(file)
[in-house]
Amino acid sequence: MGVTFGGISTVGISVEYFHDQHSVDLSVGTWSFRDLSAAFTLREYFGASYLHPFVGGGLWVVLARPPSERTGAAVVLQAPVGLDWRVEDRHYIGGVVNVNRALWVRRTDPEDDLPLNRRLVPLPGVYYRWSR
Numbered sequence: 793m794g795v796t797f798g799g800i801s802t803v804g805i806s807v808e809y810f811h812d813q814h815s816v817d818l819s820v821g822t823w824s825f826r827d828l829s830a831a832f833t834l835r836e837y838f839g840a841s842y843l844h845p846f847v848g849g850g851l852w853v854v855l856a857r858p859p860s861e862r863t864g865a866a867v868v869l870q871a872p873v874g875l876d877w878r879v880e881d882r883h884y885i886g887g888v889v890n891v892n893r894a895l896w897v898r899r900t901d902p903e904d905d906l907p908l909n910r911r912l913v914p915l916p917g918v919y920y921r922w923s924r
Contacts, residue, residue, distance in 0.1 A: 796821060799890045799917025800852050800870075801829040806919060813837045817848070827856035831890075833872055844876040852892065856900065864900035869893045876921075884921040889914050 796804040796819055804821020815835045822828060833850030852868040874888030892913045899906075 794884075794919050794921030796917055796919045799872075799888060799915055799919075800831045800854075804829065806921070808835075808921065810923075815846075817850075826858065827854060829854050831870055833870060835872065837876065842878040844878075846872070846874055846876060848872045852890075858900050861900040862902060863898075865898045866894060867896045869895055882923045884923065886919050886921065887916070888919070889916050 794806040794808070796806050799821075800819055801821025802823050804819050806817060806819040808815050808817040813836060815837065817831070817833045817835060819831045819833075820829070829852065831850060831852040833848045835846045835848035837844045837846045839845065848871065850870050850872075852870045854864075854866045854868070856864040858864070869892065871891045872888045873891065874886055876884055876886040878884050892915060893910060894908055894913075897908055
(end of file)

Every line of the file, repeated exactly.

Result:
[in-house]
Amino acid sequence: MGVTFGGISTVGISVEYFHDQHSVDLSVGTWSFRDLSAAFTLREYFGASYLHPFVGGGLWVVLARPPSERTGAAVVLQAPVGLDWRVEDRHYIGGVVNVNRALWVRRTDPEDDLPLNRRLVPLPGVYYRWSR
Numbered sequence: 793m794g795v796t797f798g799g800i801s802t803v804g805i806s807v808e809y810f811h812d813q814h815s816v817d818l819s820v821g822t823w824s825f826r827d828l829s830a831a832f833t834l835r836e837y838f839g840a841s842y843l844h845p846f847v848g849g850g851l852w853v854v855l856a857r858p859p860s861e862r863t864g865a866a867v868v869l870q871a872p873v874g875l876d877w878r879v880e881d882r883h884y885i886g887g888v889v890n891v892n893r894a895l896w897v898r899r900t901d902p903e904d905d906l907p908l909n910r911r912l913v914p915l916p917g918v919y920y921r922w923s924r
Contacts, residue, residue, distance in 0.1 A: 796821060799890045799917025800852050800870075801829040806919060813837045817848070827856035831890075833872055844876040852892065856900065864900035869893045876921075884921040889914050 796804040796819055804821020815835045822828060833850030852868040874888030892913045899906075 794884075794919050794921030796917055796919045799872075799888060799915055799919075800831045800854075804829065806921070808835075808921065810923075815846075817850075826858065827854060829854050831870055833870060835872065837876065842878040844878075846872070846874055846876060848872045852890075858900050861900040862902060863898075865898045866894060867896045869895055882923045884923065886919050886921065887916070888919070889916050 794806040794808070796806050799821075800819055801821025802823050804819050806817060806819040808815050808817040813836060815837065817831070817833045817835060819831045819833075820829070829852065831850060831852040833848045835846045835848035837844045837846045839845065848871065850870050850872075852870045854864075854866045854868070856864040858864070869892065871891045872888045873891065874886055876884055876886040878884050892915060893910060894908055894913075897908055